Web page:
If there was a time to convert to seasonal cooking, it would be the summer. Classes would take place in a cook’s cathedral: a greenhouse ripe with the heady smell of homegrown tomatoes. Pilgrimages would set out to Kent and Sussex, where hay-strewn rows glimmer with ruby berries and orchards are festooned with precious stone fruit. The possibilities these natural gifts present are quite literally Christmas come early for a cook.
Summer reminds why natural, intense flavour is worth waiting for. One could certainly eat strawberries all year round, even British ones thanks to the clever technologies of hydroponics and temperature-controlled tunnels. But their pallid, watery flesh will never match up to the flavour explosion of a field-grown, deep red crop. The same goes for tomatoes, raspberries, blueberries, cucumbers… at this time of year, the list of sensational homegrown produce is endless. While it might sound like a list of year-round fridge essentials, the very act of eating these strictly-speaking summer varieties every day renders them ordinary in both flavour and appeal.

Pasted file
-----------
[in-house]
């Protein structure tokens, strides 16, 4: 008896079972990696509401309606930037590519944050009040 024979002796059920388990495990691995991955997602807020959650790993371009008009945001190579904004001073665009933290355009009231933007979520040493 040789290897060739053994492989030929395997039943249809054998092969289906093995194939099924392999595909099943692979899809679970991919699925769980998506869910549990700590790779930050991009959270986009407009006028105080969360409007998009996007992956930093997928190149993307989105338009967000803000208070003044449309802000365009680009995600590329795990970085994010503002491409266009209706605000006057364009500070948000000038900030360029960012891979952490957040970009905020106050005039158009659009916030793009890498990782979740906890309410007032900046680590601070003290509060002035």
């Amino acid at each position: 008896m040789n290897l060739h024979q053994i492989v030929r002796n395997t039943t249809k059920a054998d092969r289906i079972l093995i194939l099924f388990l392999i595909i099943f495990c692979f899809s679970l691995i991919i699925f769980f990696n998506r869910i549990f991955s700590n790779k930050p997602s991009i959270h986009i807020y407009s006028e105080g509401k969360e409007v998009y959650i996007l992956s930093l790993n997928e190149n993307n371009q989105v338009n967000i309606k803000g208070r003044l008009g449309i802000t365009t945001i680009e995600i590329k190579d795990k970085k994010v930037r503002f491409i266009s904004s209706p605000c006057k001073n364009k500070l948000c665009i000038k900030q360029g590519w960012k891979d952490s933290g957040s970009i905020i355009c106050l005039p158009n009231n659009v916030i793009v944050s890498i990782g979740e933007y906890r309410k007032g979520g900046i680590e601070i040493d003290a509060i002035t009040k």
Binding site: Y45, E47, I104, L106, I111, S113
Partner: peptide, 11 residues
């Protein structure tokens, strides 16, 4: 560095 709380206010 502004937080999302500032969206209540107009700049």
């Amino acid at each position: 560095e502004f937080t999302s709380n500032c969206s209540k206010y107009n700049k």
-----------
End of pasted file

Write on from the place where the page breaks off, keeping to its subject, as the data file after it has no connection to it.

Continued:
The taste of a sun-ripened British cherry, one that has struggled against the unpredictable elements to produce deep, dark flesh and an intensity of sweetness so profound one must close one’s eyes to savour it, is an experience that cannot be replicated outside of its natural season.
I call this my chameleon cake, one that adapts to whichever fruit you have in the bowl. I’m making it now with the very last of the British cherries, but one can substitute the same weight for chopped apples, halved strawberries, sugar-dredged gooseberries or chunks of rhubarb in the spring. Always keep the lemon zest in the mixture, as it gifts a nice lift to an otherwise quite sweet cake. You could also add a handful of chopped or ground nuts; walnuts go particularly well with apples.
You’ll need a 9 inch, springform cake tin
200g caster sugar (with apples I use light brown)
2 tsp of baking powder
275g of plain flour
100ml of milk
Zest of half a lemon
350g cherries, stoned
- Preheat the oven to 180 degrees. Grease and line your cake tin.
- In a separate bowl, zest half a lemon over the cherries and mix together with a couple of tablespoons of the flour. This will help to stop them sinking in the mixture.
- In a large mixing bowl, whisk the eggs with the sugar until white.
- Gently fold in the sieved flour with a pinch of salt and the baking powder.
- Just before you transfer to the tin, fold in all but a handful of the cherries. Pour into the prepared cake tin and then gently scatter the remaining fruit on top of the mixture, pressing down lightly so they’re half submerged in the batter.
- Bake for 30-40 minutes, until the centre of the cake is springy to the touch.
- Leave to cool in the tin, dredge with icing sugar and serve.